HEALTH officials are frantically attempting to vaccinate all poultry workers in Scotland against seasonal human flu following the discovery of the deadly bird flu virus in a swan in Fife.
Experts believe that giving the seasonal flu jabs to those most likely to be exposed to the H5N1 bird flu virus in the event that it spreads around the country will help to prevent it from mutating into a human pandemic strain.
Last week health boards sent letters to all poultry firms and workers in Scotland advising them to visit their local GP to get a vaccination injection.
And public health bosses have contacted the health authorities to ensure the vaccination procedures are in place.
Jim McMenamin, a consultant at Health Protection Scotland, said: "We have asked that the vaccination be made available either through a firm's occupation health unit or through GPs. The Scottish Executive has made arrangements with the industry to ensure all workers in the poultry industry can be contacted.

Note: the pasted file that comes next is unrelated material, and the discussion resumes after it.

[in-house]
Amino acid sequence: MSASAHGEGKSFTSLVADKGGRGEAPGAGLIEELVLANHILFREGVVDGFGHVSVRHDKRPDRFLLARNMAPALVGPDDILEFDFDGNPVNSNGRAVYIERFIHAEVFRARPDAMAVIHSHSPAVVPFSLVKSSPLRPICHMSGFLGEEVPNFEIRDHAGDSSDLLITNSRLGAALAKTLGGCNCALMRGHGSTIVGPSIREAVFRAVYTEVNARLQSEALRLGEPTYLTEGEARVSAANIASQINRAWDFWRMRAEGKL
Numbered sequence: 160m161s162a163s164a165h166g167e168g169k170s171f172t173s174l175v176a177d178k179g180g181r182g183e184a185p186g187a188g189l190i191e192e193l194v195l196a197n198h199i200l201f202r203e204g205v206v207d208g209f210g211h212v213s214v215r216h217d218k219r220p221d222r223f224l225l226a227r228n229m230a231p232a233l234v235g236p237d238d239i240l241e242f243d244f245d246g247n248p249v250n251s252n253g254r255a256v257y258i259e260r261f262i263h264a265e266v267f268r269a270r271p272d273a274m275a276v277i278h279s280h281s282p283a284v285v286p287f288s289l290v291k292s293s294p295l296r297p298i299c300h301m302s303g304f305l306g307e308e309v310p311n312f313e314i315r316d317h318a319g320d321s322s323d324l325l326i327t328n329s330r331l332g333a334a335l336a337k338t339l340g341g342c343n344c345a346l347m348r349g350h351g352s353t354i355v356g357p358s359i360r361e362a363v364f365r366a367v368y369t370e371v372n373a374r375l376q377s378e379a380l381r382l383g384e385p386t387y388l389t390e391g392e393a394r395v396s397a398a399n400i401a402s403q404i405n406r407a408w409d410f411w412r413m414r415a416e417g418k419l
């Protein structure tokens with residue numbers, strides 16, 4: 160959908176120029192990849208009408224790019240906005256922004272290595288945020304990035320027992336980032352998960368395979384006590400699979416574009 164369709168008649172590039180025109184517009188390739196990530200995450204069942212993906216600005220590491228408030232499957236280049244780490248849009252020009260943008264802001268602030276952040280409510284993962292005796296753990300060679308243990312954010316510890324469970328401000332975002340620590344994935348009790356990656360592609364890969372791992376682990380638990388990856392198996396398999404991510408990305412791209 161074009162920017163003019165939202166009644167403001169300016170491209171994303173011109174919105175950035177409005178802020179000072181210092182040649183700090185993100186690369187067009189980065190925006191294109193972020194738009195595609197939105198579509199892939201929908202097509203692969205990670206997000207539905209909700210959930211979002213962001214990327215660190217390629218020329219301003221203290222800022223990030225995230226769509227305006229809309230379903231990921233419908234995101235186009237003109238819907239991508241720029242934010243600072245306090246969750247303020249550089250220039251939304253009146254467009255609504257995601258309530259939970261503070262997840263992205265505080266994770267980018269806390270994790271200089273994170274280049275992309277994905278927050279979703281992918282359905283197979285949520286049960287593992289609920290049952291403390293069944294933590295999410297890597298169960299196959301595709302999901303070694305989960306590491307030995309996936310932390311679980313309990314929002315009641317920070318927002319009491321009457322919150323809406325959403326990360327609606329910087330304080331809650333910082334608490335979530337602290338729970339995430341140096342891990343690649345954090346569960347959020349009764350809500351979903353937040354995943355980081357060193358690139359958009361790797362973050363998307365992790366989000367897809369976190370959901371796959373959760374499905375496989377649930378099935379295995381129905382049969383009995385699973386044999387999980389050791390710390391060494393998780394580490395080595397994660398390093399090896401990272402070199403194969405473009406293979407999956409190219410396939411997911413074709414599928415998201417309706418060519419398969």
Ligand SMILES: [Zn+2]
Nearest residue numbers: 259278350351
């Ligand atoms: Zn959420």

"While this vaccine will not offer any protection against the H5N1 virus, it should help protect against the potential re-assortment of the bird flu virus into a pandemic strain by mixing with human influenza viruses. It is a precautionary measure."
Key groups which are being targeted include those who work in poultry units with 50 or more birds, as well as vets or researchers and those involved with culling or disposing of dead birds at such units.
All bird owners in the 1.8-mile surveillance zone set up around Cellardyke, Fife, two weeks ago following the discovery of the H5N1 virus in a dead whooper swan, have also been offered the seasonal flu vaccine.
Health boards had been advised to vaccinate poultry workers by Scotland's Chief Medical Officer in March, but only two authorities had started the scheme by the time bird flu was discovered in Cellardyke.
NHS Greater Glasgow claimed it had started the vaccination programme earlier this month while NHS Fife started vaccinating workers as soon as the virus was identified in the swan.
The discovery of the H5N1 virus in the whooper swan sparked a desperate scrabble in the other health boards to identify those most at risk and obtain the necessary stocks to carry out the vaccinations. By last night all health boards had confirmed they had begun to offer the vaccine to eligible workers.
An Executive spokesperson said:
"Health Protection Scotland has been making sure they are taking action, and all health boards have now sent out letters to poultry workers in their areas to offer them the vaccine."